The M–sigma (or M–σ) relation is an empirical correlation between the stellar velocity dispersion σ of a galaxy bulge and the mass M of the supermassive black hole at its center.
Sort of. It depends on what you're asking exactly.
Massive Black-hole (MBH) mass and stellar velocity dispersion are two independent properties of a galaxy, which are observed to be related. Any galaxy (or bulge) that has stars (which is required for them to exist) can have a velocity dispersion. That being said, a MBH doesn't necessarily need to have a host-galaxy, and similarly a galaxy doesn't necessarily need to have a MBH*.
The observed $M-\sigma$ relation is usually interpreted to mean that somehow MBHs are able to effect their large-scale environments (i.e. their galaxy as a whole). The growing consensus is that the mechanism of this interaction is via 'Feedback', e.g. This paper by Fabian, or this pop-sci article. It is not interpreted to mean that the stars in the galaxy's bulge are physically orbiting the BH, and the dispersion is directly caused by that orbital velocity.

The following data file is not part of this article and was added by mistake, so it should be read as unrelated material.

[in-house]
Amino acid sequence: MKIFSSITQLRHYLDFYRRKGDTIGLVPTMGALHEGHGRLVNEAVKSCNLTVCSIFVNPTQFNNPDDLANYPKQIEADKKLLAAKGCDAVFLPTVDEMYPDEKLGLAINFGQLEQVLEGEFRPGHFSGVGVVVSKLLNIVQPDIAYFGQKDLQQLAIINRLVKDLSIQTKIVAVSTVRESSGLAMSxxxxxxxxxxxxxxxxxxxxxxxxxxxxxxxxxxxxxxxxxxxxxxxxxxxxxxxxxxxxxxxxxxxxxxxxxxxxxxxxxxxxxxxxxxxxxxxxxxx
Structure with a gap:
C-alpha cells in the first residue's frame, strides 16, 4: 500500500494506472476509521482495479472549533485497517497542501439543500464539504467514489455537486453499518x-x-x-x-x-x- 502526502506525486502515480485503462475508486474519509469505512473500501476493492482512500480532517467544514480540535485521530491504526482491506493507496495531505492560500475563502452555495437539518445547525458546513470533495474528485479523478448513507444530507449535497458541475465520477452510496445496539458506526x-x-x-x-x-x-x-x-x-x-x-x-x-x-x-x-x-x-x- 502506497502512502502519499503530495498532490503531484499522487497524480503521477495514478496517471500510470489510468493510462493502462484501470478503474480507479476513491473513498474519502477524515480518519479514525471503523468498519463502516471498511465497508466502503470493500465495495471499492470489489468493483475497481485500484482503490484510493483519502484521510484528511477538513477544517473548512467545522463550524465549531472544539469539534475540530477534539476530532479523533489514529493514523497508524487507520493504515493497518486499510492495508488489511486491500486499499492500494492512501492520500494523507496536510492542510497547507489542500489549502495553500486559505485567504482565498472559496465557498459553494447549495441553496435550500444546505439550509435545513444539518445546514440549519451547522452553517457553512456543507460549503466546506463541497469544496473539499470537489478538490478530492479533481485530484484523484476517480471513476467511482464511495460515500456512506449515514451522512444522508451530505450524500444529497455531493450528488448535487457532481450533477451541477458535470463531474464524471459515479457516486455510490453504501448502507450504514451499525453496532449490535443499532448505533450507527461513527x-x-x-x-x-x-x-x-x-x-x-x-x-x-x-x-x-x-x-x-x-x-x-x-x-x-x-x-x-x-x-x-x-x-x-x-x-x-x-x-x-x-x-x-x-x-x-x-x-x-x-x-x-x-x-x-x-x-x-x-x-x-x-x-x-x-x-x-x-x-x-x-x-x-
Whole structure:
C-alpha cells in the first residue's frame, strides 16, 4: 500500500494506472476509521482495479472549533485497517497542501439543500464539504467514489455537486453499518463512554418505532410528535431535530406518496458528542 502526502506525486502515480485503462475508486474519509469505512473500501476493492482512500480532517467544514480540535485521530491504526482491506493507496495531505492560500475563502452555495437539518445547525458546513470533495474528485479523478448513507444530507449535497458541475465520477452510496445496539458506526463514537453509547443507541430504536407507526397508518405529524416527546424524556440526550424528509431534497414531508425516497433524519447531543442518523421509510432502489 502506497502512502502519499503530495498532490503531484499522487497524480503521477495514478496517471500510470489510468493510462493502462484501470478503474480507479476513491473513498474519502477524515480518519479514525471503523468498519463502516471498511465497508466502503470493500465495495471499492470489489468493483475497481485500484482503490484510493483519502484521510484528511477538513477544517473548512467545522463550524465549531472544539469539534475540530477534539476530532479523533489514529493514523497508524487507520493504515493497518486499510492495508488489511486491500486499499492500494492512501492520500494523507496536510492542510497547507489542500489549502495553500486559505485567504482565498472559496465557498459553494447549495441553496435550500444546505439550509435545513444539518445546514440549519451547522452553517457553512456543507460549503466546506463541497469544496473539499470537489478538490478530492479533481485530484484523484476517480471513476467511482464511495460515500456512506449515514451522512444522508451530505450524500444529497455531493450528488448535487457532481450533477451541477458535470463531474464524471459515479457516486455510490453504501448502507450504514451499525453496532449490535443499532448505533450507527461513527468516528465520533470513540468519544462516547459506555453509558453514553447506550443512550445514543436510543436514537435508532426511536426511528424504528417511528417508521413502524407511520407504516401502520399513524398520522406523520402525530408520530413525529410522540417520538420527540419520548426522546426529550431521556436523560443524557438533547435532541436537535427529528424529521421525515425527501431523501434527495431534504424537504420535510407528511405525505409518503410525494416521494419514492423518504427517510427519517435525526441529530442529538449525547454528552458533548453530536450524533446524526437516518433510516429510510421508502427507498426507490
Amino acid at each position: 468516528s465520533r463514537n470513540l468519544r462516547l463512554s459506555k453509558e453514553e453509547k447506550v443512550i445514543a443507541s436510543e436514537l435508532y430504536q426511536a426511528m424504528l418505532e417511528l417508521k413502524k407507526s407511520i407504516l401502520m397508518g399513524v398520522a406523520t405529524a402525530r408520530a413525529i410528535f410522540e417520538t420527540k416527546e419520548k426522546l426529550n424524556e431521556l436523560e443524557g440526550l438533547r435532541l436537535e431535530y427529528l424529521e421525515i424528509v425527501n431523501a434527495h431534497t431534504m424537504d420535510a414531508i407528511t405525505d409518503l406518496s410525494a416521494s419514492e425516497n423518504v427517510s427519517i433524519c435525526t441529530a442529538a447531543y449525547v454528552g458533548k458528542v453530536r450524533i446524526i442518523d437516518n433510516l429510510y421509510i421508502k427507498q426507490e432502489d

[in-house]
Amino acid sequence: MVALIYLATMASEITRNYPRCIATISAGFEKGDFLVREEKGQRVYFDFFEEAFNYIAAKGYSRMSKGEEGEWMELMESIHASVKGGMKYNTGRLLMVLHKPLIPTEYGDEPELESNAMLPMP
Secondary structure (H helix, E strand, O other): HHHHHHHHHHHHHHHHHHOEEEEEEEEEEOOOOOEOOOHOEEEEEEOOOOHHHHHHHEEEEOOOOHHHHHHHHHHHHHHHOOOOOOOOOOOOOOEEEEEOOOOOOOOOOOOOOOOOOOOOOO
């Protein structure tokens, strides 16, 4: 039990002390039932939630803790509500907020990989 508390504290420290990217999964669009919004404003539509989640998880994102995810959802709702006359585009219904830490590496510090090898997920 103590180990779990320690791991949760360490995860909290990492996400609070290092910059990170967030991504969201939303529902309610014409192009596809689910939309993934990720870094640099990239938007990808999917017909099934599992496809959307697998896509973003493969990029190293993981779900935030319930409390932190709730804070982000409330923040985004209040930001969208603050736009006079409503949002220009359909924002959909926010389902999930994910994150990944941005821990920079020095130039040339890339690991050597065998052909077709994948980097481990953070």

*Although, statistically it looks like basically all galaxies tend to have BHs.